Hearing Test Audiograms and How to Read Them

Hearing aids and an otoscope placed on an audiologists desk with an audiogram hearing test chart

It might seem, initially, like measuring hearing loss would be simple. If you’re suffering from hearing loss, you can probably hear certain things clearly at a lower volume, but not others. You might confuse particular letters like “S” or “B”, but hear other letters perfectly fine at any volume. It will become more obvious why you have inconsistencies with your hearing when you figure out how to interpret your hearing test. Because merely turning up the volume isn’t enough.

When I get my audiogram, how do I interpret it?

Hearing professionals will be able to determine the condition of your hearing by utilizing this type of hearing test. It won’t look as simple as a scale from one to ten. (Wouldn’t it be wonderful if it did!)

Instead, it’s written on a graph, and that’s why many find it challenging. But if you understand what you’re looking at, you too can interpret the results of your audiogram.

Looking at volume on an audiogram

The volume in Decibels is listed on the left side of the graph (from 0 dB to about 120 dB). The higher the number, the louder the sound must be for you to hear it.

A loss of volume between 26 dB and 45 dB points to mild hearing loss. You’re dealing with moderate hearing loss if your hearing starts at 45-65 dB. Hearing loss is severe if your hearing begins at 66-85 dB. Profound hearing loss means that you’re unable to hear until the volume gets up to 90 dB or more, which is louder than a lawnmower.

The frequency portion of your hearing test

Volume’s not the only thing you hear. You can also hear a range of frequencies or pitches of sound. Frequencies help you differentiate between types of sounds, and this includes the letters of the alphabet.

Frequencies that a human ear can hear, ranging from 125 (lower than a bullfrog) to 8000 (higher than a cricket), are normally listed on the bottom of the graph.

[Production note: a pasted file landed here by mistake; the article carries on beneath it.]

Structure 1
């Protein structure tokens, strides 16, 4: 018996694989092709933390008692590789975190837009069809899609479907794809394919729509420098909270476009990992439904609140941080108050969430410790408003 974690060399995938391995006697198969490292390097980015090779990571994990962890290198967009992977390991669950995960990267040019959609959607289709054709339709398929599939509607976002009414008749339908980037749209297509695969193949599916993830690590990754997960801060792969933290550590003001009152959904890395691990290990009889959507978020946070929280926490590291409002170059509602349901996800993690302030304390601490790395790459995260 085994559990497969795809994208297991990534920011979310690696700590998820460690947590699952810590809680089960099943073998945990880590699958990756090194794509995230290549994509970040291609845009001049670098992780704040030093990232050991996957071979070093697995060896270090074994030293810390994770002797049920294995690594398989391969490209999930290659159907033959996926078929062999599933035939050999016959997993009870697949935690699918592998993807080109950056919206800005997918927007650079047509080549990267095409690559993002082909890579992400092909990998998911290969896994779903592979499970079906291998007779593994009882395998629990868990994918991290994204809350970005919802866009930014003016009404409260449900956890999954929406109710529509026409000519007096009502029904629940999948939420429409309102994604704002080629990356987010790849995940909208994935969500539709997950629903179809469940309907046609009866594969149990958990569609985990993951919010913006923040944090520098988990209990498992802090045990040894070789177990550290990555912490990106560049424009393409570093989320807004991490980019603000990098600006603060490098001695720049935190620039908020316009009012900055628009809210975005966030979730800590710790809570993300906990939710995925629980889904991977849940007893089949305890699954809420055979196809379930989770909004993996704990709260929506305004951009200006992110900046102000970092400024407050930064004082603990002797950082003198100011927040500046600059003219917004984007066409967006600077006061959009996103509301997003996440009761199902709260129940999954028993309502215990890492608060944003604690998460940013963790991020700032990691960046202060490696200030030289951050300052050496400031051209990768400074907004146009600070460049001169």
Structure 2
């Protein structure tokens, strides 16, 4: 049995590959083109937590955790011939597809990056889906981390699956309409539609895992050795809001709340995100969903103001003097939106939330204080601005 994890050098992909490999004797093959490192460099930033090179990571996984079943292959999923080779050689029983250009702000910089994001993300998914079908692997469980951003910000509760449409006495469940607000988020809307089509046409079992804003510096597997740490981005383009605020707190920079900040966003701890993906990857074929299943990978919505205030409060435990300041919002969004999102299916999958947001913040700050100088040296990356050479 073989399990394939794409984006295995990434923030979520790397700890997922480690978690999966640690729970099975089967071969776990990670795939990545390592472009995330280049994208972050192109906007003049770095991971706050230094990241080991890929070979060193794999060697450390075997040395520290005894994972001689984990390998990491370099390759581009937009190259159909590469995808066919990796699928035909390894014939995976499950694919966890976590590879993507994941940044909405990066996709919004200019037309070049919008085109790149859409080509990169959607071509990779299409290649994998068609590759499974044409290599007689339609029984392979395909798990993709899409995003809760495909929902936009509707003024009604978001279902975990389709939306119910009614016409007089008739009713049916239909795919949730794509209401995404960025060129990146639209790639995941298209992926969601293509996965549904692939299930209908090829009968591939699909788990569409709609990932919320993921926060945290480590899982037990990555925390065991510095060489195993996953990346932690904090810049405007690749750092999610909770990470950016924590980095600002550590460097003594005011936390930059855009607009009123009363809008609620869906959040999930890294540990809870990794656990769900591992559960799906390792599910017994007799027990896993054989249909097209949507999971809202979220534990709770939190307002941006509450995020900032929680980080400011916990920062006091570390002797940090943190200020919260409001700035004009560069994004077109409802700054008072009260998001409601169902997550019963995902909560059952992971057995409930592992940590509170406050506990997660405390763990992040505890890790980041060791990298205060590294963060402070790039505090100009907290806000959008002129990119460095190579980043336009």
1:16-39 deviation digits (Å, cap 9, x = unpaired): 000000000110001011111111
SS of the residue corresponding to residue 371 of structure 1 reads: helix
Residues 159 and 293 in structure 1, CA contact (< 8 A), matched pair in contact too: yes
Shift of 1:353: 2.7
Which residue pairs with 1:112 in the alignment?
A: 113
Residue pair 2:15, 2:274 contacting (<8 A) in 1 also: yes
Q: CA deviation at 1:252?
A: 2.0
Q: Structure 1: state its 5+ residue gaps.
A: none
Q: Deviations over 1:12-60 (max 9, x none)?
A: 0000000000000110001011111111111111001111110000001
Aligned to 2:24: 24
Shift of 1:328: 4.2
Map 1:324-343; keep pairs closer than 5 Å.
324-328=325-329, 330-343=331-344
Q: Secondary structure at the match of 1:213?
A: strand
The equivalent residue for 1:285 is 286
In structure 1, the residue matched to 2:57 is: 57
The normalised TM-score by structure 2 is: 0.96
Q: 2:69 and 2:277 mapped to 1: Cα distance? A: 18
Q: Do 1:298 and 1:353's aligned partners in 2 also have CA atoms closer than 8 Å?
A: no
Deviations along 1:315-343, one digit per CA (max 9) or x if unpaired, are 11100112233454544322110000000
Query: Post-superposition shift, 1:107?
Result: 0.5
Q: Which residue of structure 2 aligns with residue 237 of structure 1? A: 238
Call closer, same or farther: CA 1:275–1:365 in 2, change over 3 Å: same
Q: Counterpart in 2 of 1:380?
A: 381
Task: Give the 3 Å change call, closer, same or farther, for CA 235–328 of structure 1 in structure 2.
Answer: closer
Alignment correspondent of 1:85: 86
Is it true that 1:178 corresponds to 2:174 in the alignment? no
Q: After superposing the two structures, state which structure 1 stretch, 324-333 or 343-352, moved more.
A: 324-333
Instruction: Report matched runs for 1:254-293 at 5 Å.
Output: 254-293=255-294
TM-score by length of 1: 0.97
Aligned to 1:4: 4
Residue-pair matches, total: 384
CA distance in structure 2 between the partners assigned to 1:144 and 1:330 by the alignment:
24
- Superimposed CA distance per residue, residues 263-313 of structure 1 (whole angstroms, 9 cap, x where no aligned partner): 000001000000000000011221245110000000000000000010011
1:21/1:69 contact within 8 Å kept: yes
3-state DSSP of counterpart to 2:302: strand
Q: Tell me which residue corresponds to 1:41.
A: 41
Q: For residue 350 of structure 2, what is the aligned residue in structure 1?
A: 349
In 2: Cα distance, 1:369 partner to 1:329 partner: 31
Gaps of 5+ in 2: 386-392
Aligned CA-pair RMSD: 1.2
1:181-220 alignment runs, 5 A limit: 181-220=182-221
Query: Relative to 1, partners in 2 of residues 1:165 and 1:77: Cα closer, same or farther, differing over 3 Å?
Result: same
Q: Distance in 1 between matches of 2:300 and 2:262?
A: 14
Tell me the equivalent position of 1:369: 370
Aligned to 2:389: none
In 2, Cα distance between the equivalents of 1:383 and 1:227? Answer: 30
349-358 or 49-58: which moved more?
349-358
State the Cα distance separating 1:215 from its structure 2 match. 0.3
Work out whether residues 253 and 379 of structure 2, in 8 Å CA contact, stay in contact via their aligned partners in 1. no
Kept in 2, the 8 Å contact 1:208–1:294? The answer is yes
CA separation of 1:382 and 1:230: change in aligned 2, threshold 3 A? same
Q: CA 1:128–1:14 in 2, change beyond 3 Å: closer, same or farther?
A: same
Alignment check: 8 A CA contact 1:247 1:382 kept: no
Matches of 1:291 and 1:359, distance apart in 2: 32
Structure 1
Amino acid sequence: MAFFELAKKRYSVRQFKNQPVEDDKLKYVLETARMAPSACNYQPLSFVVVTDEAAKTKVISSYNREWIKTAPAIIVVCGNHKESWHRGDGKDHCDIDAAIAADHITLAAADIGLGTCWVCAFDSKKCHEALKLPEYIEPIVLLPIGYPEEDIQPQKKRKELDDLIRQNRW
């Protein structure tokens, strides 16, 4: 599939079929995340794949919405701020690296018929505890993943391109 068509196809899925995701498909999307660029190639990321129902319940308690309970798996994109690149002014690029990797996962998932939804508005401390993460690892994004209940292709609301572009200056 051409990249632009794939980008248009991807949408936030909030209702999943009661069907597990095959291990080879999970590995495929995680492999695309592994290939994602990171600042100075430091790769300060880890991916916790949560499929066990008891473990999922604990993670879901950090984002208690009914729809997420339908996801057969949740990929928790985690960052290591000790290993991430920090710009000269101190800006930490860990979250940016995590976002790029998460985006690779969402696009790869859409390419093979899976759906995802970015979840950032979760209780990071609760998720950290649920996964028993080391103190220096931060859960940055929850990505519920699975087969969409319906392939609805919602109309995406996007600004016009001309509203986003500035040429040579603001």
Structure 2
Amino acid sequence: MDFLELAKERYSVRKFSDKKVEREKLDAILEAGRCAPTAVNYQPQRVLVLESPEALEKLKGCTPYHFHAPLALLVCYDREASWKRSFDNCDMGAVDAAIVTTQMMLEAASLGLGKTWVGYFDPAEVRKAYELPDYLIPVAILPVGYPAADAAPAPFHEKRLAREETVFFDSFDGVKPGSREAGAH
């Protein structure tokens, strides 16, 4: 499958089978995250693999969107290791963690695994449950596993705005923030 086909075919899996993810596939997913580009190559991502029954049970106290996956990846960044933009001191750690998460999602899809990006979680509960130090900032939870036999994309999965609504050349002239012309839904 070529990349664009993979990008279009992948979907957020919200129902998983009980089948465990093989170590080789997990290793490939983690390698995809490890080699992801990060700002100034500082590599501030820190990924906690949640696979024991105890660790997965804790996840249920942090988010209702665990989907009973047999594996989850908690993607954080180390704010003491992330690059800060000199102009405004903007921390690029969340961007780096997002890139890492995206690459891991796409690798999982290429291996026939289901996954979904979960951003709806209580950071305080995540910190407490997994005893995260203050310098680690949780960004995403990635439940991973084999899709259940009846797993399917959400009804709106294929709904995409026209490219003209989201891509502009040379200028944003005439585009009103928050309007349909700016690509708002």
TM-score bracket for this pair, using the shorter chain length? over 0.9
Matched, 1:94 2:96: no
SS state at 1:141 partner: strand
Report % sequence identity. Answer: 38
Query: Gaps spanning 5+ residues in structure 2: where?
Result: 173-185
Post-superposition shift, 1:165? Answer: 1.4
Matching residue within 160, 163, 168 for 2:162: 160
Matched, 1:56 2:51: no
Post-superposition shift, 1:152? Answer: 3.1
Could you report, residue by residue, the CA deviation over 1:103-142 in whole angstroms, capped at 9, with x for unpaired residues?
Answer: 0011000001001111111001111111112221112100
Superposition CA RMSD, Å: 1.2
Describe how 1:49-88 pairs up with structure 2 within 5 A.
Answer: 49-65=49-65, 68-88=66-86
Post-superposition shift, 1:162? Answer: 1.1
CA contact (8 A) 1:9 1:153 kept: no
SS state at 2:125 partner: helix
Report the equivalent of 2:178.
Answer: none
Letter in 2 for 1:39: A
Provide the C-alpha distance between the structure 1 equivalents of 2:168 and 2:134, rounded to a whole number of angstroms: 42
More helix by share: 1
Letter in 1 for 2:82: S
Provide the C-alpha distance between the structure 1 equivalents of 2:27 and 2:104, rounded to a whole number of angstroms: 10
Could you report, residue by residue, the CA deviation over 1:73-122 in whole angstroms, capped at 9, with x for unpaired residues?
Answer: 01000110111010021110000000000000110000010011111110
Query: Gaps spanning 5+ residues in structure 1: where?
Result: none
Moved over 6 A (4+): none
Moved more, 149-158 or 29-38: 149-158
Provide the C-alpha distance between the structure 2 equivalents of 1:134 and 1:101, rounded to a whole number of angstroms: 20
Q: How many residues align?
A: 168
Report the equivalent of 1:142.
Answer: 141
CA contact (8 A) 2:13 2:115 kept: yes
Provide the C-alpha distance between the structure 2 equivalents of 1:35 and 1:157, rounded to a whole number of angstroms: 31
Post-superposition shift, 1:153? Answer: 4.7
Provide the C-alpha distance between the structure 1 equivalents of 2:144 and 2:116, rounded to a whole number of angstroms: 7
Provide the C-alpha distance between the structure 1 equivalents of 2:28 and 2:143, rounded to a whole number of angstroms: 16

This test will let us define how well you can hear within a range of frequencies.

So, for illustration, if you have high-frequency hearing loss, in order for you to hear a high-frequency sound it may have to be at least 60 dB (which is about the volume of a raised, but not yelling, voice). The graph will plot the volumes that the various frequencies will need to reach before you’re able to hear them.

Is it essential to measure both frequency and volume?

Now that you know how to interpret your hearing test, let’s have a look at what those results might mean for you in real life. Here are a few sounds that would be tougher to hear if you have the very prevalent form of high frequency hearing loss:

  • Whispers, even if hearing volume is good
  • Higher pitched voices like women and children tend to have
  • “F”, “H”, “S”
  • Birds
  • Beeps, dings, and timers
  • Music

While someone who has high-frequency hearing loss has more trouble with high-frequency sounds, certain frequencies might seem easier to hear than others.

Inside your inner ear there are very small hair-like nerve cells that vibrate along with sounds. You lose the ability to hear in any frequencies which the corresponding hair cells that detect those frequencies have become damaged and died. You will totally lose your ability to hear any frequencies that have lost all of the related hair cells.

Communicating with others can become really frustrating if you’re dealing with this type of hearing loss. Your family members might think they have to yell at you in order to be heard even though you only have trouble hearing particular frequencies. And higher frequency sounds, like your sister talking to you, often get drowned out by background noise for people with this type of hearing loss.

We can use the hearing test to personalize hearing solutions

We will be able to custom program a hearing aid for your particular hearing needs once we’re able to understand which frequencies you’re not able to hear. Contemporary hearing aids have the ability to know precisely what frequencies go into the microphone. The hearing aid can be programmed to boost whatever frequency you’re having trouble hearing. Or it can alter the frequency by using frequency compression to another frequency you can hear. In addition, they can enhance your ability to process background noise.

Modern hearing aids are programmed to address your particular hearing requirements rather than just turning up the volume on all frequencies, which creates a smoother hearing experience.

Make an appointment for a hearing test right away if you think you may be dealing with hearing loss. We can help.

The site information is for educational and informational purposes only and does not constitute medical advice. To receive personalized advice or treatment, schedule an appointment.